Millions hit the road for Qingming Festival
By Morag Hobbs
Visitors take photos of stunning views in central China's Wuhan City, April 4, 2021. /CFP

Visitors take photos of stunning views in central China's Wuhan City, April 4, 2021. /CFP

Domestic tourism in China is recovering fast, according to Chinese online travel agency The evidence is provided by the "2021 Group Qingming Festival Report," which showed that air ticket purchases and hotel bookings over the recent Qingming Festival, or Tomb Sweeping Day, exceeded pre-pandemic levels of 2019.

Having been encouraged to stay in the cities where they work during this year's Spring Festival, millions of people grabbed the opportunity to take a long-overdue trip back home during Qingming, which this year fell on April 4.


Zhou Xiaoling, an office clerk at Beijing Hose Information Technology Co., remained in Beijing over the Spring Festival, after her home town, Wangkui in Heilongjiang Province, had been categorized as a high-risk zone due to the discovery of several new COVID-19 cases. Despite being upset about not seeing her parents for over a year, she understood. "The policy was helpful for epidemic control in high-risk areas," she said.

And so it proved. Shortly after the holiday, Wangkui was re-categorized as low-risk. Then, on March 16, Beijing relaxed the regulations, and anyone departing or arriving from a low-risk area no longer had to undergo a nucleic acid test. Eager to see her family, Xiaoling planned a 14-hour drive home for Qingming. 

Xiaoling's was one of 151 million vehicles that, according to a forecast by the Ministry of Transport, are thought to have taken to China's national highway network on the first day of the holiday. According to, car rentals were up by 155 percent compared with 2019. These figures indicate a marked change in travel habits caused by COVID-19, with more people opting for independent means over public transport, presumably for the fear of greater exposure to potential infection.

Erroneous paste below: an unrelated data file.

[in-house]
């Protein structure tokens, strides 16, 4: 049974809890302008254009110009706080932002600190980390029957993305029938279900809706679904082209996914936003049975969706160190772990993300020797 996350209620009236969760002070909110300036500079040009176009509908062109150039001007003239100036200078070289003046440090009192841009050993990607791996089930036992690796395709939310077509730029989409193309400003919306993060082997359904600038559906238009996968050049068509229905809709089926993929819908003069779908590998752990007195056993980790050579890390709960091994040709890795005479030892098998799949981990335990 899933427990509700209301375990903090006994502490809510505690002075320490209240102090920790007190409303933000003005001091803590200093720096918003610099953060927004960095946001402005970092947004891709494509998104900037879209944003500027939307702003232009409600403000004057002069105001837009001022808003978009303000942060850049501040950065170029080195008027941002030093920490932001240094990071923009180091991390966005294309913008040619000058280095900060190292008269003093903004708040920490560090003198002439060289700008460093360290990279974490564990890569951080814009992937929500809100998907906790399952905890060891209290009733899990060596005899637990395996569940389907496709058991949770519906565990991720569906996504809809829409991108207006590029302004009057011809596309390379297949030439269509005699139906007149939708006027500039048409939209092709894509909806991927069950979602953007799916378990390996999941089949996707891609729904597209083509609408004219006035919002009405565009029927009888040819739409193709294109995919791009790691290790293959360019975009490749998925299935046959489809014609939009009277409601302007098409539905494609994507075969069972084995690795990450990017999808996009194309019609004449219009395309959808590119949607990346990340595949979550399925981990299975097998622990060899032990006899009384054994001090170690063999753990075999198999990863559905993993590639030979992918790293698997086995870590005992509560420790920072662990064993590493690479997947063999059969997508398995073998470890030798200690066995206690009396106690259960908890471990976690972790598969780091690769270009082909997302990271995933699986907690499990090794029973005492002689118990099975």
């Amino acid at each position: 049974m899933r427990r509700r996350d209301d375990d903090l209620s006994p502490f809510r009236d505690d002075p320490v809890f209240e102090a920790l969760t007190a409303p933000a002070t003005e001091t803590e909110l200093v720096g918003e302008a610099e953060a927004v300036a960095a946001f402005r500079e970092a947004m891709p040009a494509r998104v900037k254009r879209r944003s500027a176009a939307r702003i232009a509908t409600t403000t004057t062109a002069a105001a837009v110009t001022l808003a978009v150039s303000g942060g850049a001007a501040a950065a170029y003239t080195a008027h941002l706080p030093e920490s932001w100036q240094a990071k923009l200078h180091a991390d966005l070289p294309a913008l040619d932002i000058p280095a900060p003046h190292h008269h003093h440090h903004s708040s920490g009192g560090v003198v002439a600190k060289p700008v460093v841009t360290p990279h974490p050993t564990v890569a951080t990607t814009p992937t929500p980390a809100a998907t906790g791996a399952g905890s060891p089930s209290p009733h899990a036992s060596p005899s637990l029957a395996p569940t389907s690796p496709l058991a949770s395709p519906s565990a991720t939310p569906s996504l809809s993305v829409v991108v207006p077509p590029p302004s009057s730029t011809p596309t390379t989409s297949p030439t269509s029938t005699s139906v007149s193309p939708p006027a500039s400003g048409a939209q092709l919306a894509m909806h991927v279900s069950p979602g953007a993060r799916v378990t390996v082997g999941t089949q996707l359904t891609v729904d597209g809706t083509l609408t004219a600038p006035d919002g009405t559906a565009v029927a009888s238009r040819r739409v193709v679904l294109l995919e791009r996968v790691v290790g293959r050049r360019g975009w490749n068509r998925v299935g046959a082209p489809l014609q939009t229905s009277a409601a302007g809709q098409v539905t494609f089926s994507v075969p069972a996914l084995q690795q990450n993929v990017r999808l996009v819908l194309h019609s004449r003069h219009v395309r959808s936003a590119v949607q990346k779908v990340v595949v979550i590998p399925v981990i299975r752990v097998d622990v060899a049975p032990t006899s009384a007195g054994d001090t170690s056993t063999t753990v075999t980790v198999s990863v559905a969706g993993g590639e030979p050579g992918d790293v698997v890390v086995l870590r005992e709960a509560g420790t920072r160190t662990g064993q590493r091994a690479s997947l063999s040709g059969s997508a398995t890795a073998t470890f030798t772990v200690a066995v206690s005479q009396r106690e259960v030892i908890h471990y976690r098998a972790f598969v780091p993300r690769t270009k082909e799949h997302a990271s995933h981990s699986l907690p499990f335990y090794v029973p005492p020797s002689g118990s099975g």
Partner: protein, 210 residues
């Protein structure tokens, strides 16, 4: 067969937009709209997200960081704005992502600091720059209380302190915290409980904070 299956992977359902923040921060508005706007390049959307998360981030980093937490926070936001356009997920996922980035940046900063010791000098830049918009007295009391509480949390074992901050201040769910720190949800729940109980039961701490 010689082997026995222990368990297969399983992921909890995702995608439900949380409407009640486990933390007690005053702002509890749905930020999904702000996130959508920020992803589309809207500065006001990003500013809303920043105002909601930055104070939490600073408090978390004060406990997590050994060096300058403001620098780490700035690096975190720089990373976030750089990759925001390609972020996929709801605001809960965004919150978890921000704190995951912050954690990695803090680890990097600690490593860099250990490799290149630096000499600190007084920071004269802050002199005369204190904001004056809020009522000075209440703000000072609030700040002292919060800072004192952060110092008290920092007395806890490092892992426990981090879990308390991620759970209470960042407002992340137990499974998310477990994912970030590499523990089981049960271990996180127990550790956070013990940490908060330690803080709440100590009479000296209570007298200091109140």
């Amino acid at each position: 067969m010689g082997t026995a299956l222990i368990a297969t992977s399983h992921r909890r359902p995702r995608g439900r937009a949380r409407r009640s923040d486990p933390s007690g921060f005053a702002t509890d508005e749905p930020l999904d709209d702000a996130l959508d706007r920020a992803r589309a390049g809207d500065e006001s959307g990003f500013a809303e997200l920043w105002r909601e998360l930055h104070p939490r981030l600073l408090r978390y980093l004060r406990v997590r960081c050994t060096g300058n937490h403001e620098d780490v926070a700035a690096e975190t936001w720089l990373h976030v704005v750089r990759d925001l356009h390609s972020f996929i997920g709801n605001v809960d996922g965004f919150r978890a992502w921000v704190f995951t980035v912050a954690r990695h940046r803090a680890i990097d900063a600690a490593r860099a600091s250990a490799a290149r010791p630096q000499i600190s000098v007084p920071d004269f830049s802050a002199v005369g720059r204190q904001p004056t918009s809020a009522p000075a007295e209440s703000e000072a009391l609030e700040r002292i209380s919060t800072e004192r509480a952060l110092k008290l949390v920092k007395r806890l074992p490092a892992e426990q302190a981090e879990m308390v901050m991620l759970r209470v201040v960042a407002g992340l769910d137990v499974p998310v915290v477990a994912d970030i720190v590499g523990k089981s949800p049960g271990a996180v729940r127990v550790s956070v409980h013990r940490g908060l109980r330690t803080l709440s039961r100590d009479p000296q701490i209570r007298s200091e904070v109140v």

The type of holiday being booked is also changing. More Chinese are now choosing high-end holidays to avoid the crowds, with the number of private tours booked for the long weekend increasing by 260 percent compared with 2019.


This year's Qingming Festival also saw a resurgence in large-scale public events. Luan Yushuai, a JD courier in Beijing, traveled to participate in the first-ever Suqian Marathon in east China's Jiangsu Province on March 28. Even though such events were permitted to go ahead, the authorities remained cautious. To get to Suqian, Luan took a four-hour high-speed train. He said that all the passengers had to comply with the epidemic prevention requirements, including wearing a mask and providing a green health kit code at the departure station.  

The rules were just as strict on the day of the race. Ten thousand people took part in the marathon – the largest this year, according to event organizers. "Everyone who took part had to show their health code and put their information into a database. It was all very reassuring," Luan said.  

Now that Qingming Festival is over, all eyes are on May's five-day Labor Day holiday. Experts are predicting that it will be the next "Golden Week" of tourism, with perhaps many more people taking advantage of the time off and relaxed restrictions. 

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